“As happens with many teachers, my first few years in the classroom were spent furiously developing my craft. By my fifth year, thanks to coaching and opportunities to observe excellent colleagues, my classroom had come to be a source of pride for me and my students. Each of my adolescent scientists could generate unique, testable hypotheses, and their eager experimenting led to masterful explanations of subjects from electricity to the rock cycle. That year, my students flipped the achievement gap: A higher percentage of my predominantly low-income, minority students scored proficient on the state science exam than in the average Massachusetts school.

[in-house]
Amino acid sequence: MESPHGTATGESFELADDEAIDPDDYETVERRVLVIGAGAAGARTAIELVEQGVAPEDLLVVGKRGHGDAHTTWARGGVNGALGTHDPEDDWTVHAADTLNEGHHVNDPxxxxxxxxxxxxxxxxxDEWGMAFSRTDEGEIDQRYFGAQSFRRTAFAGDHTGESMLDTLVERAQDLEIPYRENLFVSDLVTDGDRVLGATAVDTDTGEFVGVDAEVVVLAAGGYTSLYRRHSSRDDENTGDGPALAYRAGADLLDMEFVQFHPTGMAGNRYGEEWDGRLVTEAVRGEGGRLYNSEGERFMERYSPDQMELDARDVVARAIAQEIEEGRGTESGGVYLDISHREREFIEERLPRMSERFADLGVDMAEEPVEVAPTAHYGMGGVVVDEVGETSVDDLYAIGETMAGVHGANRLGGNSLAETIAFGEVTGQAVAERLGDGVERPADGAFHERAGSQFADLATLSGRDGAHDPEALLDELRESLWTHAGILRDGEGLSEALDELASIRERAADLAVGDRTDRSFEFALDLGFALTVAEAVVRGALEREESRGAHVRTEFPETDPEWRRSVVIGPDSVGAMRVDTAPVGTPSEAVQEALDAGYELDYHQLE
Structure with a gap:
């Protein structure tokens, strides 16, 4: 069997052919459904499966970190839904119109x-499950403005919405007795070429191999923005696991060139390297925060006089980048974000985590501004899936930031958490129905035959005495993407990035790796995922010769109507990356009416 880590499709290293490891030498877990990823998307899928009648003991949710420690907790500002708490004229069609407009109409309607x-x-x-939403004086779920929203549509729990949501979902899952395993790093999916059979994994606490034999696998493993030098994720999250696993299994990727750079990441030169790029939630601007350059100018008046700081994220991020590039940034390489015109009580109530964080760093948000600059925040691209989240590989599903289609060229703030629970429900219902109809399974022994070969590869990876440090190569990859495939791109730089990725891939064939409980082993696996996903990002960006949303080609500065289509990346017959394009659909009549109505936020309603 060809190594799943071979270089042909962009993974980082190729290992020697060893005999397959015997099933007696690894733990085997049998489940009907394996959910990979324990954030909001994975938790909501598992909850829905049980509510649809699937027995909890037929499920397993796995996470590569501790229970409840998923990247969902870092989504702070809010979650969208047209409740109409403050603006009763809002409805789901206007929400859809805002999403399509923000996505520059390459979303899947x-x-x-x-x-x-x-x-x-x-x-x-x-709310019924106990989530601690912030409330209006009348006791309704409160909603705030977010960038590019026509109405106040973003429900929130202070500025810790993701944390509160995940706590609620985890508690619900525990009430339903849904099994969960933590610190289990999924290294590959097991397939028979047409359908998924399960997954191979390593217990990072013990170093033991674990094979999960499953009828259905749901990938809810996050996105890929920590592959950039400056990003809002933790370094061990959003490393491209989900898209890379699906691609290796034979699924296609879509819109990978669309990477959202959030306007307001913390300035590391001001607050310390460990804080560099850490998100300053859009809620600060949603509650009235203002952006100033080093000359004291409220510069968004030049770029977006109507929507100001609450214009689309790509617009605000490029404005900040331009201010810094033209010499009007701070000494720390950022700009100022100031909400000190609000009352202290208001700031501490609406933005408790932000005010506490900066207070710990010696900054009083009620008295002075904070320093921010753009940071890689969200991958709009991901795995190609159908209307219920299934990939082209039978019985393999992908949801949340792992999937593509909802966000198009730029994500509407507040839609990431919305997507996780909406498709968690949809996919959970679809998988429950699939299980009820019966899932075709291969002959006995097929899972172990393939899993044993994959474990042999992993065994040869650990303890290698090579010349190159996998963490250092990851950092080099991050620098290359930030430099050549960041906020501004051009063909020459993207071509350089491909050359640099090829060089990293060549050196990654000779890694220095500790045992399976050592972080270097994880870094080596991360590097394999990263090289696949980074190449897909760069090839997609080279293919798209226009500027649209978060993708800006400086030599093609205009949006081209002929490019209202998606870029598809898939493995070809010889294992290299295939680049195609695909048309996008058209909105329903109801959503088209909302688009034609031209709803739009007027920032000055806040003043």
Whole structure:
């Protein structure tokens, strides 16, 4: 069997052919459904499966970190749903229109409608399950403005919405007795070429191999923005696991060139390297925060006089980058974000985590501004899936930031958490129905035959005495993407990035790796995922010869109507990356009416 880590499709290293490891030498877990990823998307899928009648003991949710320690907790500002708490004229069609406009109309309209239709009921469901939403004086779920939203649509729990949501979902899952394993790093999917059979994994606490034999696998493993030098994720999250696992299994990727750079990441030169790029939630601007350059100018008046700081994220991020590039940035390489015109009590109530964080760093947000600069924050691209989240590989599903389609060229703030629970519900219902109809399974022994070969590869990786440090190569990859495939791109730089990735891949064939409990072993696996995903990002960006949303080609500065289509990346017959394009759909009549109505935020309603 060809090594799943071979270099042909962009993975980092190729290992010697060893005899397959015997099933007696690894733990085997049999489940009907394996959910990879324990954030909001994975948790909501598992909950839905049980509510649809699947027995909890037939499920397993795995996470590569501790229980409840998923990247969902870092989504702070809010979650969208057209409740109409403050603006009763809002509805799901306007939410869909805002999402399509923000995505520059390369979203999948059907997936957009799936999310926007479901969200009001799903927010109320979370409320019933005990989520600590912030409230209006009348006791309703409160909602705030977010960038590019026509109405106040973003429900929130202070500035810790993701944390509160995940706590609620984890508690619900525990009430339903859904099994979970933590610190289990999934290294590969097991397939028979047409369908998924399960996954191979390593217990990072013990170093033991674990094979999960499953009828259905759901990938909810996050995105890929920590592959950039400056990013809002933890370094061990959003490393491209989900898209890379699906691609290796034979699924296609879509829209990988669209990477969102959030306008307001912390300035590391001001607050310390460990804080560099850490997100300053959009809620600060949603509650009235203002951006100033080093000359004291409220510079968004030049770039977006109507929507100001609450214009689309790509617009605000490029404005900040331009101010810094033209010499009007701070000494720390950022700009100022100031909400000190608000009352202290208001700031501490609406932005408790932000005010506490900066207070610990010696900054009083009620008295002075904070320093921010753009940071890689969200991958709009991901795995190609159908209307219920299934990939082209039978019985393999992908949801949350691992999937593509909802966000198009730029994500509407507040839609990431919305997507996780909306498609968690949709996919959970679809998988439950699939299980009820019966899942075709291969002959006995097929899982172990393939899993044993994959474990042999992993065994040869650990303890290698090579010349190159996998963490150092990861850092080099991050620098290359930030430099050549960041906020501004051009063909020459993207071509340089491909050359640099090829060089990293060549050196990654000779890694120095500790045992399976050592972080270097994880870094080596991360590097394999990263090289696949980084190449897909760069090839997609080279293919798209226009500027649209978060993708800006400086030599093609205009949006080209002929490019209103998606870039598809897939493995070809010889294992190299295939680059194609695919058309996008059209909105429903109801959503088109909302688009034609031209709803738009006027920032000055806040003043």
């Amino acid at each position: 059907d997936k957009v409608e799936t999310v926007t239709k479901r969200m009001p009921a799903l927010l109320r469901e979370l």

But I sat down in class one day, amidst my engaged fifth-graders, and thought, “Is this all there is to teaching?” As the daughter of two elementary-school teachers, I learned about the profession early. Early in my career, I assumed the job description would remain static. Though I’d seen several of my own fantastic teachers remain engaged in their careers by continuously improving their teaching practices, my goals were different. Developing one specific skill-set didn’t feel like enough to sustain me throughout my career. I adored my students and the daily work, but needed new challenges. I began to research other jobs.”
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